Our study has a few limitations. First, because the JECS is a cohort study and its data are based on self-administered questionnaires, the current study is subject to possible biases such as withdrawal bias, sampling bias (subjects may or may not have enrolled in the JECS project), selection bias (drop-out or withdrawal from the study), or recall bias (for questionnaires). For example, pregnant women who have high health awareness were expected to participate the JECS study, so it is possible that intake frequency of fermented foods may be higher than the truth by selection bias. Actually, PTB rate in this result, 3.0%, is lower than commonly expected values. In addition, the first questionnaire asked about pre-pregnancy statement, but it was written after pregnancy. So that will not be appropriately reflected in the pre-pregnancy statement by recall bias. Second, the FFQ has not been validated for use with pregnant women. Furthermore, FFQs have several questions and may be a potential source of errors owing to participant assumptions, misunderstanding, or misreading of the questions. Furthermore, as different participants use different sizes of bowls and eat different types of soups, it may have been difficult to calculate and assess intake volumes for completing the FFQs. We therefore analyzed intake frequency, which is least affected by the above-mentioned biases.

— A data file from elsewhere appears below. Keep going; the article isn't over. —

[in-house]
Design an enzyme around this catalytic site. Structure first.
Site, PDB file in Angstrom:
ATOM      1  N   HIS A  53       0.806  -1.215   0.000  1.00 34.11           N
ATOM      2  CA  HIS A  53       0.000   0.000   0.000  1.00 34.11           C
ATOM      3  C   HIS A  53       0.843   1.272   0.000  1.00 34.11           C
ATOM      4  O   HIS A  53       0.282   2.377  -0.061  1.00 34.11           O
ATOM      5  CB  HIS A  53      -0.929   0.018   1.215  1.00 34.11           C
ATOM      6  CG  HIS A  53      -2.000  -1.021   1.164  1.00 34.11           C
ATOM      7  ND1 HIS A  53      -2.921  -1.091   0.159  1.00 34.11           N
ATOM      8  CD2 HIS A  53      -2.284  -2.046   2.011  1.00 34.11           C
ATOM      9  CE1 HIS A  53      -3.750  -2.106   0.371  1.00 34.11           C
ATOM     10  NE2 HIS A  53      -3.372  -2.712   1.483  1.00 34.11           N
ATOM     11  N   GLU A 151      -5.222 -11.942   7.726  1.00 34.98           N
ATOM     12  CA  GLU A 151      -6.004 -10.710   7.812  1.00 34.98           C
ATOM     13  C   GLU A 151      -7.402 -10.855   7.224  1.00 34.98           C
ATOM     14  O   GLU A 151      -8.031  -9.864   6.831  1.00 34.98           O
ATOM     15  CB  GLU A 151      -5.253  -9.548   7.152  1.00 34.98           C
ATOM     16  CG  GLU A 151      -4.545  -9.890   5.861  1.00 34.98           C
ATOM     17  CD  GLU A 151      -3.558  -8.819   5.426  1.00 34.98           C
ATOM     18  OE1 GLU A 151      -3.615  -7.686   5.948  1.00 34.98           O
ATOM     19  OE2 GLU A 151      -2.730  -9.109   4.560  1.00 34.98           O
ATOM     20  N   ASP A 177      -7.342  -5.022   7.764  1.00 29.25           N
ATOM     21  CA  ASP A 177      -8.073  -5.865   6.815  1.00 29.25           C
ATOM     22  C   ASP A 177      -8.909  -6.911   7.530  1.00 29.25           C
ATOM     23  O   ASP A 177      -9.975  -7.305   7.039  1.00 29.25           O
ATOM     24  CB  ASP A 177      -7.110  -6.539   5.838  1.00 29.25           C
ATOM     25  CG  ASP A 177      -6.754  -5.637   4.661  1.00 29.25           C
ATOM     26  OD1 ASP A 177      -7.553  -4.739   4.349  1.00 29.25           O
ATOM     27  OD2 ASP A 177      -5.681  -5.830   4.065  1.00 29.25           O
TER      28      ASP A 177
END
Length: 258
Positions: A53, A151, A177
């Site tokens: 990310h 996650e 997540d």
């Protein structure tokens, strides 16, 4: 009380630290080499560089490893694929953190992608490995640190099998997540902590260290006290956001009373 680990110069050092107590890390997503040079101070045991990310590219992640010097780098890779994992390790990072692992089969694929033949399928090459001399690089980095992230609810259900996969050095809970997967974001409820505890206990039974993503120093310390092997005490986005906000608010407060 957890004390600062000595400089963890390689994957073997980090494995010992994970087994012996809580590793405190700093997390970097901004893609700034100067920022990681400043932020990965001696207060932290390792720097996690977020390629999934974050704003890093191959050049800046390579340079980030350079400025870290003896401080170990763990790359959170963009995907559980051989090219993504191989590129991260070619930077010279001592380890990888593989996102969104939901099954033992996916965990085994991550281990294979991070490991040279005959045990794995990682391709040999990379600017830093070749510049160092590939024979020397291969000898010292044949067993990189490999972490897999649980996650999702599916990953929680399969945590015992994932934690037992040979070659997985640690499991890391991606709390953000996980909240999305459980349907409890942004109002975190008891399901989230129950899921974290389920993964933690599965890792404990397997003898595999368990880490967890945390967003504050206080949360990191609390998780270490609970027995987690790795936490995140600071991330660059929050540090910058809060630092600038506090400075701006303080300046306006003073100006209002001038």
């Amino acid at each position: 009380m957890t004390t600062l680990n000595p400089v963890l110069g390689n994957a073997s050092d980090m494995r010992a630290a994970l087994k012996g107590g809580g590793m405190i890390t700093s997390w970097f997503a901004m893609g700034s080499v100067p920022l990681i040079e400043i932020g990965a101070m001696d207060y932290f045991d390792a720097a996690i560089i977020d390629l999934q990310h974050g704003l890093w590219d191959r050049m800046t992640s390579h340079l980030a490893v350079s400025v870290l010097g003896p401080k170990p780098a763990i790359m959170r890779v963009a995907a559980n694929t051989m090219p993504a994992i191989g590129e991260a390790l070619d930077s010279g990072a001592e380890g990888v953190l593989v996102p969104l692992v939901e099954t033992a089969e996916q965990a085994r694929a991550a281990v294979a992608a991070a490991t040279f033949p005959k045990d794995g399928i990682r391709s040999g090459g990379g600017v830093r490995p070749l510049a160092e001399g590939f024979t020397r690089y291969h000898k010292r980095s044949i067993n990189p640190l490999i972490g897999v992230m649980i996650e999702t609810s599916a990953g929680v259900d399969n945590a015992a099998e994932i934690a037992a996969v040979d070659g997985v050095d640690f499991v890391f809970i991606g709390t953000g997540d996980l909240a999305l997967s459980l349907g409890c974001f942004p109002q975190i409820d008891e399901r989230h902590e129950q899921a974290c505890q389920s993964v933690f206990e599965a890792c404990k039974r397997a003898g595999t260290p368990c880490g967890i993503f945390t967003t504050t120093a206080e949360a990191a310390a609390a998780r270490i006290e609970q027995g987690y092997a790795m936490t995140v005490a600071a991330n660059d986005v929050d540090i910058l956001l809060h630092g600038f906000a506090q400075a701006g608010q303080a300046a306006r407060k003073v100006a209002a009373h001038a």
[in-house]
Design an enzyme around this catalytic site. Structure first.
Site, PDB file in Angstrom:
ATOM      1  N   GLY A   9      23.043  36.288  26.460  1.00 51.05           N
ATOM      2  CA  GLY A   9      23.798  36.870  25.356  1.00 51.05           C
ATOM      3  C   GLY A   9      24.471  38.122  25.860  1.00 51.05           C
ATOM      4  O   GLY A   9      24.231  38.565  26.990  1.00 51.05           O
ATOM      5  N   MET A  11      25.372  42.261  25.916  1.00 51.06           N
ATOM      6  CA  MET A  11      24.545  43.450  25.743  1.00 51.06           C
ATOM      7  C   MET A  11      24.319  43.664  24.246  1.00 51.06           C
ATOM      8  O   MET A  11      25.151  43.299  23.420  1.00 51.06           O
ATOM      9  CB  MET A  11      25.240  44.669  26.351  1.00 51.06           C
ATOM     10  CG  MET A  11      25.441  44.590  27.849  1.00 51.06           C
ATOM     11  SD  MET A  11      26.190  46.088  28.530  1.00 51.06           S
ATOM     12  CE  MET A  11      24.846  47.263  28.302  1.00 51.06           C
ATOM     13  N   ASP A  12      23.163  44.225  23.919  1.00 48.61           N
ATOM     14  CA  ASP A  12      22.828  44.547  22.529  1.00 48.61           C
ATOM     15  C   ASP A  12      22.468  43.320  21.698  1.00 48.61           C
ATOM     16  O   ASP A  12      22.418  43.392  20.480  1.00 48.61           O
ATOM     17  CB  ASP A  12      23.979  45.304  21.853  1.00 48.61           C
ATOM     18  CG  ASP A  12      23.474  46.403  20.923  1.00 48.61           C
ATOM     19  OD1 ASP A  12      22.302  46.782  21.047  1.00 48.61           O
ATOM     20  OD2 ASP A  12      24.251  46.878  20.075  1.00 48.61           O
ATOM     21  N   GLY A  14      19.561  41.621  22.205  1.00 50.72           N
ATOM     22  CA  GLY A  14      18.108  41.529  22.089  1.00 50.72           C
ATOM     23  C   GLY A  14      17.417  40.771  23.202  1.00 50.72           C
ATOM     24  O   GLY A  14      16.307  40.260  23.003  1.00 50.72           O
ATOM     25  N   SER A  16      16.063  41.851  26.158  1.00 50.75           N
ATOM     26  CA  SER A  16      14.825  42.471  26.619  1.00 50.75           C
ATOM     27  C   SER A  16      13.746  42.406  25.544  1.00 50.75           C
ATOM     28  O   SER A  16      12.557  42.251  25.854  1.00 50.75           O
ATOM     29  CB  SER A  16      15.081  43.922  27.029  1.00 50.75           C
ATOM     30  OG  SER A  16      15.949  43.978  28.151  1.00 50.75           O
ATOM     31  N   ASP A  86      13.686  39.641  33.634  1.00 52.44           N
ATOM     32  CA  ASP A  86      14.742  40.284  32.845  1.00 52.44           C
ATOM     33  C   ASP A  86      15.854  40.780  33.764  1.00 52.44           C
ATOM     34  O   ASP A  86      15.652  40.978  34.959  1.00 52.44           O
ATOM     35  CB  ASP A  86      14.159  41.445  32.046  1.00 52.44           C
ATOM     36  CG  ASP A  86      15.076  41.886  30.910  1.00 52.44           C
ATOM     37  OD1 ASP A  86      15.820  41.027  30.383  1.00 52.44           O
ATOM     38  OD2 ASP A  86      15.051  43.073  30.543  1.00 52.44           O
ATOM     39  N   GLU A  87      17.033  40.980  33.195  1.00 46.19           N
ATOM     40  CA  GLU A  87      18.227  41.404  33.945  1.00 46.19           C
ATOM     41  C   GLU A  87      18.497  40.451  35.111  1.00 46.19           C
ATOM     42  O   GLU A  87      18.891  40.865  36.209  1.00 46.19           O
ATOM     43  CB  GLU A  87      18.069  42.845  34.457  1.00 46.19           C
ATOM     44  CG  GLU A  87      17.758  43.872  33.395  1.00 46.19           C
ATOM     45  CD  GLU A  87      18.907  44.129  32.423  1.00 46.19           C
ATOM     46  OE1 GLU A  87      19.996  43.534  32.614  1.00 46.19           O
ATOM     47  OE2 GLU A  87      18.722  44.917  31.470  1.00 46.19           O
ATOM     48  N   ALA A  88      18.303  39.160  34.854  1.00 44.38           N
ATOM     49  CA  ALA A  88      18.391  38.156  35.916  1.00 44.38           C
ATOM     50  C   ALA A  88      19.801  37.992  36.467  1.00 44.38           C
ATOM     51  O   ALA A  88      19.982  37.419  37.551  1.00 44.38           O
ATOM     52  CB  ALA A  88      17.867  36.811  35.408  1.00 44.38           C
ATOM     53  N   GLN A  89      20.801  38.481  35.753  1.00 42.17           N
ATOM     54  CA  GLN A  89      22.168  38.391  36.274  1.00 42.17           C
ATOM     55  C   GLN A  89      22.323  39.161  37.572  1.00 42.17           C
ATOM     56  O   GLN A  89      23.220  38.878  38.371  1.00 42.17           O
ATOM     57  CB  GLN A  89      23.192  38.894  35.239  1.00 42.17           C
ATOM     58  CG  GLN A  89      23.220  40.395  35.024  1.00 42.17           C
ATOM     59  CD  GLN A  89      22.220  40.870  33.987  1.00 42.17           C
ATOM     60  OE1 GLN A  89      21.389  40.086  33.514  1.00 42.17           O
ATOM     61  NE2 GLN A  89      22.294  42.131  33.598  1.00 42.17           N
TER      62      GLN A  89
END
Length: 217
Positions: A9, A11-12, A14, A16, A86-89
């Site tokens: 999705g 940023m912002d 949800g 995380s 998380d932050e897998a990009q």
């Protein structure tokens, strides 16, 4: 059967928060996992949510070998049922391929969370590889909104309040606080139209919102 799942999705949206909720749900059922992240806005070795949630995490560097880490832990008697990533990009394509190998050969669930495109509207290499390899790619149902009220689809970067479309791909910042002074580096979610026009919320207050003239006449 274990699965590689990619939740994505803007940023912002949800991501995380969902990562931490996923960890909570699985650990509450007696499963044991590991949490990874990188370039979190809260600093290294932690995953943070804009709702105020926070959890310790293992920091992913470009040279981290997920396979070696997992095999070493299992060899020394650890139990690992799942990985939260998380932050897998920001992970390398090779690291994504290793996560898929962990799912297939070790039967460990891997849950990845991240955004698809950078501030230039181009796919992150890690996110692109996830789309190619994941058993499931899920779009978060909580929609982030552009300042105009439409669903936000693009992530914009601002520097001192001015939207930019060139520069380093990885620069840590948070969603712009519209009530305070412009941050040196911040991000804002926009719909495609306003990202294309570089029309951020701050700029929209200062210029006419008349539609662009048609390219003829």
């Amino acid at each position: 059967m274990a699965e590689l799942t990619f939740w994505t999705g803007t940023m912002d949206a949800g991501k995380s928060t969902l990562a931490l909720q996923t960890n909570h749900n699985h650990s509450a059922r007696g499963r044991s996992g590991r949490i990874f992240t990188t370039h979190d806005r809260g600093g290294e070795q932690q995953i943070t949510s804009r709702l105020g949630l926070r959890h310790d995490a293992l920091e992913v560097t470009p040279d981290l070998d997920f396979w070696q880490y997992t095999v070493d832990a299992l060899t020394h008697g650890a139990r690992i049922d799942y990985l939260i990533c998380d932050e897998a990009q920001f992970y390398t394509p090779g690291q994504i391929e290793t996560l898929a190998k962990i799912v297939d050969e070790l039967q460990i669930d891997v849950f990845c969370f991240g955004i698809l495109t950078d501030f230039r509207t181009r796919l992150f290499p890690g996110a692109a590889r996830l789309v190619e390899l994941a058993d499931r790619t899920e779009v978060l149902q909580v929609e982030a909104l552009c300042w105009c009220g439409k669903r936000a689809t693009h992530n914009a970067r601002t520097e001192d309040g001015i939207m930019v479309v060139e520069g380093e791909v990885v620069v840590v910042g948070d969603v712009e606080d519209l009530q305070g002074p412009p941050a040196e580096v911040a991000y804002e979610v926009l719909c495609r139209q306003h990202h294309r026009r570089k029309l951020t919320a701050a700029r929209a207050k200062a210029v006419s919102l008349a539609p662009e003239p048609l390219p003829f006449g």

We found an association between the dietary habits of pregnant women and early PTB (< 34 weeks), suggesting that for Japanese women with no risk factors for PTB, high consumption of miso soup, yogurt, and fermented soybeans before pregnancy may decrease their risk of early PTB (< 34 weeks). Further studies are required to clarify lifestyle habits and environment factors that may govern dietary habits.



Body mass index


Confidence interval


Food frequency questionnaires


Fetal growth restriction


Gestational diabetes mellitus


Japan Environment and Children’s Study


Odds ratio


Preterm birth


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We are very grateful to all participants of JECS and to all members involved in the data collection. We would like to express our appreciation to all participants of this study and to all individuals involved in the data collection. The findings and conclusions of this article are solely the responsibility of the authors and do not represent the official views of the above government organizations.

Members of the JECS (principal investigator, Toshihiro Kawamoto) as of 2018: